MODIFIED HONDA PRELUDES: LUDE BEHAVIOUR

With under-the-radar looks and a reputation as a ‘soft’ option for performance fans, the Prelude is the underdog of the Honda tuning world, but these two fifth generation modified Honda Preludes prove you should write them off at your peril.

From Fast Car. Words & Photos: Dan Sherwood

When it comes to performance Hondas, some models carry much greater weight than others. For example, ask anyone to name a hot Honda and they’ll likely reel off iconic monikers such as Civic Type R, NSX or Integra. And rightly so. But there is another performance Honda that seems to have fallen off the radar of UK tuning fans over the years – if it was ever really on it at all – and that’s the Prelude. In top of the range, JDM Type S spec, the sleek, fifth-generation, four-seater packs a decent 217bhp punch from its 2.2-litre, H22a engine and, combined with the trick electronically-controlled active differential to bias torque to each front wheel – known as Active Torque Transfer System (ATTS) – handling is sublime. Equivalent UK cars aren’t quite as potent, topping out at around 182bhp, but still provides plenty of VTEC-induced thrills, especially considering you can pick up a decent example now for under £3000.

“I’ve been fascinated with the fifth generation Honda Prelude Type S since doing the A class license tests in the original Gran Turismo game on the PlayStation back in 1997, and then a fourth gen car in the follow up, Gran Turismo 2,” reveals 34-year-old Scott Ratcliffe-McClelland, the owner of the stunning white fifth-gen example on these pages. “Being a Honda fanboy and liking the rarer underdog too, the Prelude is perfect, as it’s not your typical Type R Honda.”

Having owned a string of H-badged beauties before this one, including three earlier generations of ‘Lude, Scott feels he’s now reached the pinnacle of Prelude ownership and sees this latest example as a keeper to cherish for the long haul; and being 12-years into the man-and-machine relationship already, he sees no reason to cut ties anytime soon.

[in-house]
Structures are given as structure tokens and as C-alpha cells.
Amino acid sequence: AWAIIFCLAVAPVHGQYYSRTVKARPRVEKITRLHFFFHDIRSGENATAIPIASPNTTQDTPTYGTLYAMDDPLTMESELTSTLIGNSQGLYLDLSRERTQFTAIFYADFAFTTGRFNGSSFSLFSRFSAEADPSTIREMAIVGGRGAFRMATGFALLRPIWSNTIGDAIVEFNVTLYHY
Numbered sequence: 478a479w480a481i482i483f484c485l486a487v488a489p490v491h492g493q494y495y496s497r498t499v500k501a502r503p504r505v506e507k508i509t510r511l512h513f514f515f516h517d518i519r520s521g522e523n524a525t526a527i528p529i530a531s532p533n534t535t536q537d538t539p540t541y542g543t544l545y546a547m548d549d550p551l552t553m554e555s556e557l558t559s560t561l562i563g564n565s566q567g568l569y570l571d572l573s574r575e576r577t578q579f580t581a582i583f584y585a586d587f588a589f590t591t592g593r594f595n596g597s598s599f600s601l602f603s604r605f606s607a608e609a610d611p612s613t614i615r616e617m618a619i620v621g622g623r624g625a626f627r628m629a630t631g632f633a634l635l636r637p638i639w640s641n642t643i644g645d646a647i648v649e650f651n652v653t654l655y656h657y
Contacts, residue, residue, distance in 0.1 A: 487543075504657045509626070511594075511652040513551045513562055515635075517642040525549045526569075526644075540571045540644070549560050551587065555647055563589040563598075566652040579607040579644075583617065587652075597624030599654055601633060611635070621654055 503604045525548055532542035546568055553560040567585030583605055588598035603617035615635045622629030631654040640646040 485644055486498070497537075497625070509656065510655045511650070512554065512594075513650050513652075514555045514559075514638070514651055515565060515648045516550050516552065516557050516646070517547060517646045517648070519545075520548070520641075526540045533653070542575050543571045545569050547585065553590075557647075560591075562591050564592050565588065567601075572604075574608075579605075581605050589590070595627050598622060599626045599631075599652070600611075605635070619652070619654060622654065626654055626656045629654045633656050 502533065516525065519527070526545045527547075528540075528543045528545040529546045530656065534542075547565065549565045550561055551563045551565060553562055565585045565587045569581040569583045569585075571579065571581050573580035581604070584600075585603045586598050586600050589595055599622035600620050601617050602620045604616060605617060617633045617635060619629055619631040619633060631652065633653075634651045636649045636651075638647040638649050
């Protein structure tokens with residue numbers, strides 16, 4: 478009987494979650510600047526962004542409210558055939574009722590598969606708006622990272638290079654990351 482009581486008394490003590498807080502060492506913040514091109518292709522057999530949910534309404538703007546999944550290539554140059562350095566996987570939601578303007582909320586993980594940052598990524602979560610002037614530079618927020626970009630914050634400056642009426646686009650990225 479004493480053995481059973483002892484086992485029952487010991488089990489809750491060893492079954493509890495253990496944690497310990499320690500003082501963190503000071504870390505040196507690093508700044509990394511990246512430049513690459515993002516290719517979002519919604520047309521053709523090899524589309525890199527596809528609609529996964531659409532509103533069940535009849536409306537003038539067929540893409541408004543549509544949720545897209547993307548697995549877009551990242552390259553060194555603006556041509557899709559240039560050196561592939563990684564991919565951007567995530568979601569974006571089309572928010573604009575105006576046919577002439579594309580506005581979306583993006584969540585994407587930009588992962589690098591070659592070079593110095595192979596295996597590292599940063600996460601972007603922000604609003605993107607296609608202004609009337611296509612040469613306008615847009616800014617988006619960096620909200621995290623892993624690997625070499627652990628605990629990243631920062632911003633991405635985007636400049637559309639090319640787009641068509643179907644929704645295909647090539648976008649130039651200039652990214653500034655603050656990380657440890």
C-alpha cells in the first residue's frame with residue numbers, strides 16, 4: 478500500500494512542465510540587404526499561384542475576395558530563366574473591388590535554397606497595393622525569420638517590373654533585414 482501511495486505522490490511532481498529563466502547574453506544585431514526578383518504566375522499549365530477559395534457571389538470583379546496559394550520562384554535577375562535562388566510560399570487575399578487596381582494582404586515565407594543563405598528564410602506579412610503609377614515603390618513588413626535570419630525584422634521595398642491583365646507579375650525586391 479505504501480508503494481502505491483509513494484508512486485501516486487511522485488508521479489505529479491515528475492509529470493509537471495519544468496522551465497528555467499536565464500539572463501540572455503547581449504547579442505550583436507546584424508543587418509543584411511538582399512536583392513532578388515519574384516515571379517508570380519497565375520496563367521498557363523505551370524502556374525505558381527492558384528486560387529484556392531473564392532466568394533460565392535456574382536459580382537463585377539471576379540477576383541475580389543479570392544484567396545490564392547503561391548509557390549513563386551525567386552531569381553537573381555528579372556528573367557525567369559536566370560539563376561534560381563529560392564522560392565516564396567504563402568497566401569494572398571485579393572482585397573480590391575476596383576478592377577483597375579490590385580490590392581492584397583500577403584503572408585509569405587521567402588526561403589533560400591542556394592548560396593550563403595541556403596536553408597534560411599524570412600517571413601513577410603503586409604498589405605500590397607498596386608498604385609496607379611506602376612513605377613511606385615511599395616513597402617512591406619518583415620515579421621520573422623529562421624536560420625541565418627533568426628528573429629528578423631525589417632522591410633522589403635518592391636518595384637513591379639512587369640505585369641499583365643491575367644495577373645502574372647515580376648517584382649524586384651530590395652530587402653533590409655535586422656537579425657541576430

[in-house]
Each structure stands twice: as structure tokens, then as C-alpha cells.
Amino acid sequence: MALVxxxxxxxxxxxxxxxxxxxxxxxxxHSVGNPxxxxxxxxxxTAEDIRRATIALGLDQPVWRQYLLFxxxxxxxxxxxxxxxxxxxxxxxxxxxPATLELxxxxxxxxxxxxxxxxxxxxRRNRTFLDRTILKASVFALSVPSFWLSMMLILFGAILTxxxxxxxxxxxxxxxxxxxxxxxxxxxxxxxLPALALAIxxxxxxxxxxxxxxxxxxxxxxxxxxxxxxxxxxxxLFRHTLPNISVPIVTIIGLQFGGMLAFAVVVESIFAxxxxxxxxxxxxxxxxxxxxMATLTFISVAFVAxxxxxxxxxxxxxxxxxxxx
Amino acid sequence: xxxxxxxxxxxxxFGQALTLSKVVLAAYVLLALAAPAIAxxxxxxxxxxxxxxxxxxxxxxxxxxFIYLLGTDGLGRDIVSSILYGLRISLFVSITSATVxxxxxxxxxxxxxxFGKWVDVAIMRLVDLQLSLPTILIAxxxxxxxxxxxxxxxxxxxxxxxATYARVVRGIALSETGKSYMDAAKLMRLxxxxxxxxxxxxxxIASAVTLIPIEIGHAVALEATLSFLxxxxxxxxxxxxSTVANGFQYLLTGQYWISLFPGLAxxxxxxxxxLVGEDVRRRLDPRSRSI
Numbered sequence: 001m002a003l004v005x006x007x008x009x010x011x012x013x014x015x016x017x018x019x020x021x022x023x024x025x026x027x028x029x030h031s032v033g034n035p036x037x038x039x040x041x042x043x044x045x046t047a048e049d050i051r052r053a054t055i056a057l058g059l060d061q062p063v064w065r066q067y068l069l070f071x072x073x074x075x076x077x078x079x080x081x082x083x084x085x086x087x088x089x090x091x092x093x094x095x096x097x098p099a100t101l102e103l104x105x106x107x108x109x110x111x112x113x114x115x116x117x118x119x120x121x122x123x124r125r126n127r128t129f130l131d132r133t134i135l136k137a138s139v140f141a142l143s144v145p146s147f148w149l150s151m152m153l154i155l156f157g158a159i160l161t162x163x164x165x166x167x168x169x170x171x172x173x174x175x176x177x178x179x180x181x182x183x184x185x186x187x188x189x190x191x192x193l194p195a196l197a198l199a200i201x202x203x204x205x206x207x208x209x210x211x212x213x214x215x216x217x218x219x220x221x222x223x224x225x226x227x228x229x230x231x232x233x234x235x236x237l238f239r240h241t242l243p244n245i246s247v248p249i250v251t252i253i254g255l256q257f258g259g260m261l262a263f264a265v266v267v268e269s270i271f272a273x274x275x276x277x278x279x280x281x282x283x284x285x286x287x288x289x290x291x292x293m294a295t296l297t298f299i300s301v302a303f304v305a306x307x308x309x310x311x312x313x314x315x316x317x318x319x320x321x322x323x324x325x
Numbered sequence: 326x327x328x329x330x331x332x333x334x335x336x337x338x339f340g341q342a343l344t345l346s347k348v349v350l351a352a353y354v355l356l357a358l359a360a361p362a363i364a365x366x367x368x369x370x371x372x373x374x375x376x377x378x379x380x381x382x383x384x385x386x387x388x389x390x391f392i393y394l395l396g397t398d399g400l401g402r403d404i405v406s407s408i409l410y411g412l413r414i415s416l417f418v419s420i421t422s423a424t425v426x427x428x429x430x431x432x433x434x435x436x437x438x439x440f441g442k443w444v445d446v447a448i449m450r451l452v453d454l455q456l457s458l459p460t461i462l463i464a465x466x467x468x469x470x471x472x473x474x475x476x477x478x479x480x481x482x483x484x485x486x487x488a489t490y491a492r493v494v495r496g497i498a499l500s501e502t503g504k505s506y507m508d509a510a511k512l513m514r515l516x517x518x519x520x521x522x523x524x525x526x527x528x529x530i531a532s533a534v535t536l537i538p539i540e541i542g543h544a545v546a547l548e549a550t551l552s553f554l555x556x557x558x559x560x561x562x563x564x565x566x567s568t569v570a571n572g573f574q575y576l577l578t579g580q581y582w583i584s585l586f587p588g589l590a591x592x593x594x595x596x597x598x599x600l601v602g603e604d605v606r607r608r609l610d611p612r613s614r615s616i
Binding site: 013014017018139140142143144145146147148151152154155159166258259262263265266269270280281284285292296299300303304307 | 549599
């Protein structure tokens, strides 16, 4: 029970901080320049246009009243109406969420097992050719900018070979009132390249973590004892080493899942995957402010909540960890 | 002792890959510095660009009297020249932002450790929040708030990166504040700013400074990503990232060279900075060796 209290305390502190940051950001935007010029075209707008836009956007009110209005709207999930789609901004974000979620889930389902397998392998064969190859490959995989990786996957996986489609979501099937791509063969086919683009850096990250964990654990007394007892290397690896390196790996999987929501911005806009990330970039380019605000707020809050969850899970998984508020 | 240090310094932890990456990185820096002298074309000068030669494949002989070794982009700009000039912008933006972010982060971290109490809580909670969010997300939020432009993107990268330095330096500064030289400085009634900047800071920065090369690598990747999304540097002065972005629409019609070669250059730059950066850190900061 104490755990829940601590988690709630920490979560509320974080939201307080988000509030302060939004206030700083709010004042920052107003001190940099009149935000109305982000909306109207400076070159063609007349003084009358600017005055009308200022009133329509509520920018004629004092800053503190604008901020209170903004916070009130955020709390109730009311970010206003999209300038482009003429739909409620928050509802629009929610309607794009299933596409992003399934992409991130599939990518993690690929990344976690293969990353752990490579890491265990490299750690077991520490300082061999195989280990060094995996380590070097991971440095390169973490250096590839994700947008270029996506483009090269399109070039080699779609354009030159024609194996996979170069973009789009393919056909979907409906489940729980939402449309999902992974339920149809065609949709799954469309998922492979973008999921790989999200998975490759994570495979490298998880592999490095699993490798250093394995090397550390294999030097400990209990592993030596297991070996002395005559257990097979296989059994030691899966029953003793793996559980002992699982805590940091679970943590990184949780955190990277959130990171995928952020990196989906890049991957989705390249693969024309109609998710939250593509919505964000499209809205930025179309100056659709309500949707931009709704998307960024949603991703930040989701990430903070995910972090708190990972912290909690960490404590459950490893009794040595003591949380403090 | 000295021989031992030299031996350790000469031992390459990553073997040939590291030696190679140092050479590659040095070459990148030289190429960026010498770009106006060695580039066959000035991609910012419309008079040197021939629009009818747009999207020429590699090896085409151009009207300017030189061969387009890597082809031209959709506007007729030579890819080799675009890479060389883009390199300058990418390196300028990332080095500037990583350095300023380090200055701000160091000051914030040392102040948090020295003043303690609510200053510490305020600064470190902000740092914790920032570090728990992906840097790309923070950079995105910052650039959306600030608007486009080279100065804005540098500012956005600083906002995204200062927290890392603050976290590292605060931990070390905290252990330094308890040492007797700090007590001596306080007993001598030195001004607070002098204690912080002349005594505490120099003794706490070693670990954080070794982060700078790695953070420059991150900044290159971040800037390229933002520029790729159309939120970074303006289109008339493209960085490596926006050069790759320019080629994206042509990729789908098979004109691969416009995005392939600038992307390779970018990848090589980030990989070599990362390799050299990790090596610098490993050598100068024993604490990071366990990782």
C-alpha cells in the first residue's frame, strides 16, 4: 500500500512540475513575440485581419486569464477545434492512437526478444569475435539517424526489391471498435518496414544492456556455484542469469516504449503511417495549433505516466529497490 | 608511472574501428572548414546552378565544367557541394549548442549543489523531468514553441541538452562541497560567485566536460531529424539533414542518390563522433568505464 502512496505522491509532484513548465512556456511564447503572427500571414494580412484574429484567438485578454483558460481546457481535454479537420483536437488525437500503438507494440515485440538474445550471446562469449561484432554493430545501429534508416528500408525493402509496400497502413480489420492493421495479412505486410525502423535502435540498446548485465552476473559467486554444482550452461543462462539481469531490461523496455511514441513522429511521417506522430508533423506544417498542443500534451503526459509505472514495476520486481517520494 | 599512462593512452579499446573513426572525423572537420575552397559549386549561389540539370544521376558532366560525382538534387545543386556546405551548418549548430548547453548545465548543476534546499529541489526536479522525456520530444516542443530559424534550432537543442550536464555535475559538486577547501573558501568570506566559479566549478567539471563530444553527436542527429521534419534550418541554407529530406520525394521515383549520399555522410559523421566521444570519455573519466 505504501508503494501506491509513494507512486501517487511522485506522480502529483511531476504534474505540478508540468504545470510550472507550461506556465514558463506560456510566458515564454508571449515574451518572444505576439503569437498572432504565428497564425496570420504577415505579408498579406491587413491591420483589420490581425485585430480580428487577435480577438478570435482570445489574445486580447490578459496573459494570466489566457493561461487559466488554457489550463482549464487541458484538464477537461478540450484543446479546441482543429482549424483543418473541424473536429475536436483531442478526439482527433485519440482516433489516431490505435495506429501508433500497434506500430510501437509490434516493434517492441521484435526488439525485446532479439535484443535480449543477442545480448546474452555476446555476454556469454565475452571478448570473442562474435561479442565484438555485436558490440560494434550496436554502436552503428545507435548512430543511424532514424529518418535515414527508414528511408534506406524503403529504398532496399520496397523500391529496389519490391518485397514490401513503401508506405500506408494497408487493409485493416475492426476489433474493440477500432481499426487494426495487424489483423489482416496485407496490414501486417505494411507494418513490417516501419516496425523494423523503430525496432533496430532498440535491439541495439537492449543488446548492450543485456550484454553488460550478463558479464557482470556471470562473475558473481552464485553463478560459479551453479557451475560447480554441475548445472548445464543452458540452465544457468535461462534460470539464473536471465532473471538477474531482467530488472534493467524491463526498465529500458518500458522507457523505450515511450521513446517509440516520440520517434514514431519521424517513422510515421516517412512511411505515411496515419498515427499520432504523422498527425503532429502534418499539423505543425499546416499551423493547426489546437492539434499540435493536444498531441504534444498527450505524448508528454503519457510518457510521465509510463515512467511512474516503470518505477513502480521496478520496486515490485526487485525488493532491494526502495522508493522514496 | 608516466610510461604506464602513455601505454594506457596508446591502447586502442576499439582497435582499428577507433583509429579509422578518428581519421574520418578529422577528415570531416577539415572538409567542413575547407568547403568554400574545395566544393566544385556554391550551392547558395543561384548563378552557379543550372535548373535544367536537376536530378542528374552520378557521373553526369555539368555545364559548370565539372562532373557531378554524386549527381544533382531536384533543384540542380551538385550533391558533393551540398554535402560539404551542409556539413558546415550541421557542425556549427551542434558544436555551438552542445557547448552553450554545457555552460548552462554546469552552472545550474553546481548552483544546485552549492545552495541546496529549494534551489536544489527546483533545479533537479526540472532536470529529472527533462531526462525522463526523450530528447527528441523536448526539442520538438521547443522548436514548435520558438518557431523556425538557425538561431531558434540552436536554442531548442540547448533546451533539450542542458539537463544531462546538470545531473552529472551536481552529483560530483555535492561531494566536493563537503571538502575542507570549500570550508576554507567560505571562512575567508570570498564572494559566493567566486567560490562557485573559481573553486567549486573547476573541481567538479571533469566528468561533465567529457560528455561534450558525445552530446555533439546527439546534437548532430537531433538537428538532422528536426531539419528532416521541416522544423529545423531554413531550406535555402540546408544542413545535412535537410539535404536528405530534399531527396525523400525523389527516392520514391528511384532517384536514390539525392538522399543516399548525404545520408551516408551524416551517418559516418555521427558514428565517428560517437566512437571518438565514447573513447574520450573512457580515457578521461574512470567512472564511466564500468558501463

“I bought this JDM Type S model for £3500 back in 2009,” Scott tells us. “It was in immaculate condition and the engine had just been freshly rebuilt.”

A step up from his previous older generation Preludes, Scott was loving the Type S and quickly added a P-Spec short shifter to speed up the gearchanges to better keep up with the free-revving motor which was equipped with a lightweight flywheel.

“It was an awesome car… until the engine failed just under a year later,” Scott winces. “The previous rebuild had not been done properly and the motor burnt a lot of oil, eventually leading to it running low and destroying a bearing.”

Modified Honda Preludess

Still at university at the time, the engine issue led to Scott becoming disheartened with the car, not to mention in a financial pickle, so he sidelined the Prelude for a few years while he concentrated on his studies.

“I still tinkered with it from time to time, including stripping, rust-proofing and undersealing the chassis along with swapping the factory sound deadening for an aftermarket alternative,” he says. “But it wasn’t until 2012 that I finally got it back on the road again when it had a replacement engine fitted by Richard at Performance Autoworks in Gloucestershire.”

His enthusiasm renewed, Scott, who is a smart repair technician by trade, equipped the ‘Lude with a set of BC coilovers, BiXenon headlights and an optional OEM lip kit before respraying the whole car himself in original white diamond pearl.

The following years saw Scott turn to extracting more performance from the H22 with a Hytech exhaust manifold and Mugen exhaust system before finally biting the bullet and opting to head down the forced induction route with a Jackson Racing supercharger and GReddy E-Manage ECU.

Modified Honda Preludess

“The supercharger boosted power to well over 300bhp, but unfortunately, the H22 has relatively weak piston rings and the extra cylinder pressure soon saw them failing and the tell-tale oil burning issue raised its ugly head again,” he explains. “Not wanting to have the engine eventually fail as had happened before, I decided to get the engine rebuilt with forged internals to better cope with the extra grunt.”

Deleting the ECU-controlled ATTS system at the same time meant that Scott could also upgrade to a Hondata ECU which, along with the rebuild and supporting mods completed by Performance Autoworks, gave the Prelude a meaty 330bhp and 260lb ft of torque.

“An upgrade to a shorter ratio gearbox, rebuilt with an Mfactory LSD, uprated synchros and a shorter 4.64 final drive really transformed how the car performed,” Scott remembers. “Combined with a set of wide 9 x 17in Enkei RPF01 wheels with Michelin Pilot Sport 4 tyres, plus a change to MeisterR coilovers, polyurethane bushes and a Tanabe rear anti-roll bar meant that I could really use all of the extra power and the car was a weapon!”